Per the Times, Anderson Cooper, prior to coming out today, “didn’t want to be known as ‘the gay anchor,'” thus prolonging his time in the glass closet. His decision to come out may have been expedited by the presence of many other gay anchors–Mr. Cooper is less a standard-bearer in TV news than a member of a growing club.
There’s Rachel Maddow, whose rise to fame as an out lesbian came after Mr. Cooper’s rise as a quiet bachelor. Other anchors to come out after Mr. Cooper became well-known included CNN’s Don Lemon, HLN’s Jane Velez-Mitchell, and MSNBC’s Thomas Roberts. None of them are quite as well-known as Mr. Cooper, but they’ve generally been able to continue doing the news even despite their being gay; they’re not hopelessly compromised as news reporters. By not coming out, even though it was the thing to do, say, ten years ago, Mr. Cooper looked very behind-the-times.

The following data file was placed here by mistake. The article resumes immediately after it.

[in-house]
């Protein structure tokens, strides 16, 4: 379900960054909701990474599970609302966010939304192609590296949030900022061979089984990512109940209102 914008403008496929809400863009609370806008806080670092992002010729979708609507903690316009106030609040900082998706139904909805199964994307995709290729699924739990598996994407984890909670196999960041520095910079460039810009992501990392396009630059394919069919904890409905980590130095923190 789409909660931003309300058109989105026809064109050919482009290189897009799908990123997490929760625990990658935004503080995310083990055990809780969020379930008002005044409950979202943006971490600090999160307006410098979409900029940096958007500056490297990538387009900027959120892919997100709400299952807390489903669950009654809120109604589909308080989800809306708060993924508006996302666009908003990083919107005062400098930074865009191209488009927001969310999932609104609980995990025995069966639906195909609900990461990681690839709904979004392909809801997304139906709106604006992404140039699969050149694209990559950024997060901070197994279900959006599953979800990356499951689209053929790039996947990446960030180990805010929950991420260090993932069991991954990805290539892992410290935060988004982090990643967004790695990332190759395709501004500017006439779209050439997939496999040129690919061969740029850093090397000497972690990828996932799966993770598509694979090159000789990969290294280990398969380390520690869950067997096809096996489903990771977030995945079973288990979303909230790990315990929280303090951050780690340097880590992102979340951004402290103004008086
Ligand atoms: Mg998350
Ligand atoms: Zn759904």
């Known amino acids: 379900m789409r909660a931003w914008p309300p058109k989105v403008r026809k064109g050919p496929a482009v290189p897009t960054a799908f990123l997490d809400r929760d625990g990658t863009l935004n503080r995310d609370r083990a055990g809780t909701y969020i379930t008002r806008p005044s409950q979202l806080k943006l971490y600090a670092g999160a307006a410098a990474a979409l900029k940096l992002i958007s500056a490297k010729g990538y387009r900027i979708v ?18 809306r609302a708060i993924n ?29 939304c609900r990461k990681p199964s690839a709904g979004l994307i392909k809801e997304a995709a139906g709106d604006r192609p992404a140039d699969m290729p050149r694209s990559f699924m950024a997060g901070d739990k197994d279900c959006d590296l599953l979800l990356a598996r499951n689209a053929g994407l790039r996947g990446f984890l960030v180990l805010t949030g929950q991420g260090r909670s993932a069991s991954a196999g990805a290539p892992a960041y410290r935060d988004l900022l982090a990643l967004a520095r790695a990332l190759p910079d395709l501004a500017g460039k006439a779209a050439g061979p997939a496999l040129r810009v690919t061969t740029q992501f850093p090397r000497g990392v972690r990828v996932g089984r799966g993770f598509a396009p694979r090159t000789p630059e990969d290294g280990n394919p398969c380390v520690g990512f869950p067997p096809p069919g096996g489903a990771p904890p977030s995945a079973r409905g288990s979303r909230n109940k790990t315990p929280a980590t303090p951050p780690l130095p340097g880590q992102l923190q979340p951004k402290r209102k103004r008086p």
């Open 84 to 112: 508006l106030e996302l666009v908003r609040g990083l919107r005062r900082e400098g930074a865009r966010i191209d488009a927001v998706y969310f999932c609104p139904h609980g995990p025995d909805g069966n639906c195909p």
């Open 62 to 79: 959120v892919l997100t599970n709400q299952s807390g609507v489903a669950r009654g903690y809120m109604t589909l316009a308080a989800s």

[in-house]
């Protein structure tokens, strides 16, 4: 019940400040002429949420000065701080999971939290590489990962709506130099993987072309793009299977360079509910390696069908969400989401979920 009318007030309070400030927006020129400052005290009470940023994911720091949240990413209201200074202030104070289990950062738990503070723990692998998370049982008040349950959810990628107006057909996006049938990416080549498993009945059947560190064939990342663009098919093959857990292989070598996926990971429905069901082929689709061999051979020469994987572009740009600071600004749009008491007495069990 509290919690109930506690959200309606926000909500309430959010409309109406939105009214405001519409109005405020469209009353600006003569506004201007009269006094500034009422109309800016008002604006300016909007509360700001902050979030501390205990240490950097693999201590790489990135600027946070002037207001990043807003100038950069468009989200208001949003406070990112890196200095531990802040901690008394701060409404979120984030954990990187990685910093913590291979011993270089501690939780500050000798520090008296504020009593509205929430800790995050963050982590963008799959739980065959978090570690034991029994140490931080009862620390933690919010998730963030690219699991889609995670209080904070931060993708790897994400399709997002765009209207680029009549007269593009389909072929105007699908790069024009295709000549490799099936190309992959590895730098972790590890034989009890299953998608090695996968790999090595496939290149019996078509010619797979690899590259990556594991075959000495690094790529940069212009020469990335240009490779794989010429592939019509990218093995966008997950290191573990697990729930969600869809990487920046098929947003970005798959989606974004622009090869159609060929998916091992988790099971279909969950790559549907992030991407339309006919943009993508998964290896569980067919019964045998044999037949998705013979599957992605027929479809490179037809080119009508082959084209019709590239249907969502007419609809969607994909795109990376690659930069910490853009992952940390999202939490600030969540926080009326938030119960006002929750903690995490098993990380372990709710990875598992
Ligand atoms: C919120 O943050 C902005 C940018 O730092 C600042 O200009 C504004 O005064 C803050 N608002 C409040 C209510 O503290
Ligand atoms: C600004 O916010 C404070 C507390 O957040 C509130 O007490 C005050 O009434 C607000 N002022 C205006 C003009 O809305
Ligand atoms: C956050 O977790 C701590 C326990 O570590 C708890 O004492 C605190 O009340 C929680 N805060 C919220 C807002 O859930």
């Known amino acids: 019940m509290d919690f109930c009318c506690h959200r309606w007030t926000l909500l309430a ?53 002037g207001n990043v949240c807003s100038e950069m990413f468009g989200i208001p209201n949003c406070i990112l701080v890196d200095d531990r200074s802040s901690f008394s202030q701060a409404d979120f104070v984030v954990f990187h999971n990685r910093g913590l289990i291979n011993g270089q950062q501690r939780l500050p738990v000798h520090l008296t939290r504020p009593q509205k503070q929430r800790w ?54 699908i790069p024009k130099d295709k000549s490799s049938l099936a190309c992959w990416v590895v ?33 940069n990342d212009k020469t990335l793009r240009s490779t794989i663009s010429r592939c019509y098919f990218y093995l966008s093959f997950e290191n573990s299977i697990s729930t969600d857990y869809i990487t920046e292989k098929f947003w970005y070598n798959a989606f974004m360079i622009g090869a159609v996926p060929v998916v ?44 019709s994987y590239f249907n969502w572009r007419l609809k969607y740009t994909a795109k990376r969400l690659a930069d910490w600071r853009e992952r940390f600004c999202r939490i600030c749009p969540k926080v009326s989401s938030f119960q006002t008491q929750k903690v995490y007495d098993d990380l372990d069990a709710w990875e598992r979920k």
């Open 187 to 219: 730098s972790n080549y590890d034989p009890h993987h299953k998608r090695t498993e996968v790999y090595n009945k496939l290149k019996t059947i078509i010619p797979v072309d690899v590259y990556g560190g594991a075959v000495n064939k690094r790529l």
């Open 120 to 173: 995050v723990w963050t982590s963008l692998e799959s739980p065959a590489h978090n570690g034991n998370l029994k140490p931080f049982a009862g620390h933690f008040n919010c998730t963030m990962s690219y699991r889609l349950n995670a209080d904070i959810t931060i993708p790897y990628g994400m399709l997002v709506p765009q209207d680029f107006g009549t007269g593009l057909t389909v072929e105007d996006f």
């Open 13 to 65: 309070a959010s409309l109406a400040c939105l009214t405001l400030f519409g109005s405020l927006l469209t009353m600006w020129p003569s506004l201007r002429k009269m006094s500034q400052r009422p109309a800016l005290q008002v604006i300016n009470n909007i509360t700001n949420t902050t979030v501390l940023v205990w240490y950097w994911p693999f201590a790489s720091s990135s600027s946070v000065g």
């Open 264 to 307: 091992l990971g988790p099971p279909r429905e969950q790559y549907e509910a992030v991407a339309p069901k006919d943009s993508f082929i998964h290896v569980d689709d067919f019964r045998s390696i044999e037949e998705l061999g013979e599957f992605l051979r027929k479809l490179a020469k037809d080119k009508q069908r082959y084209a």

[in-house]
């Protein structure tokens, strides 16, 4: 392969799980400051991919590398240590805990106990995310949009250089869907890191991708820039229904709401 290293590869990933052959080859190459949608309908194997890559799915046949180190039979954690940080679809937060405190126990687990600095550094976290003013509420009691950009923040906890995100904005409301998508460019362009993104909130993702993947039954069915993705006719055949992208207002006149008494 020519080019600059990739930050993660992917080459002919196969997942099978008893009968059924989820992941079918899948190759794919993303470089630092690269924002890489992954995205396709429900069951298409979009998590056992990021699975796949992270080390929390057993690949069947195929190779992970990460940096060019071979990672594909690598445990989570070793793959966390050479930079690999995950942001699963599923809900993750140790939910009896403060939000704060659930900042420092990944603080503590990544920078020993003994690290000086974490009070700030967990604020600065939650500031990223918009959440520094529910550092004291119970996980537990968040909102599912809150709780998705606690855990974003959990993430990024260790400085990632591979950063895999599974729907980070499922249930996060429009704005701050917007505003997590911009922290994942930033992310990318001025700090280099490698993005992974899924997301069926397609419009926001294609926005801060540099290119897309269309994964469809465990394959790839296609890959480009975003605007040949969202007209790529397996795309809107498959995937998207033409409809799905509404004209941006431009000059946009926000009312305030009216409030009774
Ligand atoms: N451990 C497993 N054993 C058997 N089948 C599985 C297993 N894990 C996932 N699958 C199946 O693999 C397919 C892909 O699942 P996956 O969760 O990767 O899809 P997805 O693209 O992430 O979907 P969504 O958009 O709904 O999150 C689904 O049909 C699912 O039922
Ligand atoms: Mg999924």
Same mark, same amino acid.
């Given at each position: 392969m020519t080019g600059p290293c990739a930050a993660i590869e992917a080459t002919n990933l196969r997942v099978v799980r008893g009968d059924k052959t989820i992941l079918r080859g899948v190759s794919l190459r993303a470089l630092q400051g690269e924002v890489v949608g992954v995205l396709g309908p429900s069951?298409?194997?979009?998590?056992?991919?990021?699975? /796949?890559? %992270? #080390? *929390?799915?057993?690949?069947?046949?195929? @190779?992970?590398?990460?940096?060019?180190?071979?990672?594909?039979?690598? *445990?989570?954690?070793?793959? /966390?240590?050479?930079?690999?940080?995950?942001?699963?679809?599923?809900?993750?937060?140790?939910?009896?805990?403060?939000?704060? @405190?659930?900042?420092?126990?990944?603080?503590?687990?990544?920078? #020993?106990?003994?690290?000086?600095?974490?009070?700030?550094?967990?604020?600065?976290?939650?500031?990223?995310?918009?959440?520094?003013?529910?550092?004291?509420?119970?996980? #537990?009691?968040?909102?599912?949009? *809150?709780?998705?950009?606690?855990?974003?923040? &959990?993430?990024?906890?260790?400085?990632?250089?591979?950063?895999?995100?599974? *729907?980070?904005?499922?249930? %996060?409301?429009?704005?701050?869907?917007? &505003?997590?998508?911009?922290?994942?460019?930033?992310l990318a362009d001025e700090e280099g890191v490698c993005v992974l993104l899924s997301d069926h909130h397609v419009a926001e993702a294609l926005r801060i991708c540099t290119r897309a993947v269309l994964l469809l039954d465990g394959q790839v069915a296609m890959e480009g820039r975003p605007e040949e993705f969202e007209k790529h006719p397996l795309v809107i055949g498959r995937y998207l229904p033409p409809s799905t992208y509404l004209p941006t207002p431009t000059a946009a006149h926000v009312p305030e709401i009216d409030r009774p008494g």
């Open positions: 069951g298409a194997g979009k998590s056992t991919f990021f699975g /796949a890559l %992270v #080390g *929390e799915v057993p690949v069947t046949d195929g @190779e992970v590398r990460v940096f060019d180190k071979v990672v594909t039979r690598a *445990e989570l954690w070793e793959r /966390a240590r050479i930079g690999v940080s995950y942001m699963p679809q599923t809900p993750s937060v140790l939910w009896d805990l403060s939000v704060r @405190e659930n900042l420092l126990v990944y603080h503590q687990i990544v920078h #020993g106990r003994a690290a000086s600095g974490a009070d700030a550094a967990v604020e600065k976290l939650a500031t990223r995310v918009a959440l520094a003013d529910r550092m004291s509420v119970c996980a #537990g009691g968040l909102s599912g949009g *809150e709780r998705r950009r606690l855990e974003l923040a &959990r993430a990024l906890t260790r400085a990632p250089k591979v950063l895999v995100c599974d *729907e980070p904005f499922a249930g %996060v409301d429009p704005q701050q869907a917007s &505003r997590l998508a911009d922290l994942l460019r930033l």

There’s an argument to be made that an anchor of Mr. Cooper’s prominence coming up today would never feel the need to stay in the closet–the changes in the American scene since Mr. Cooper’s emergence in the early 2000s are epitomized in the general lack of hubbub over, say, Mr. Lemon’s sexuality. Mr. Cooper’s coming out is an interesting story because he had been in the closet for so long and because that closet is so transparent, but it is unlikely to change much about his career in the long term–Mr. Lemon could tell him all about that.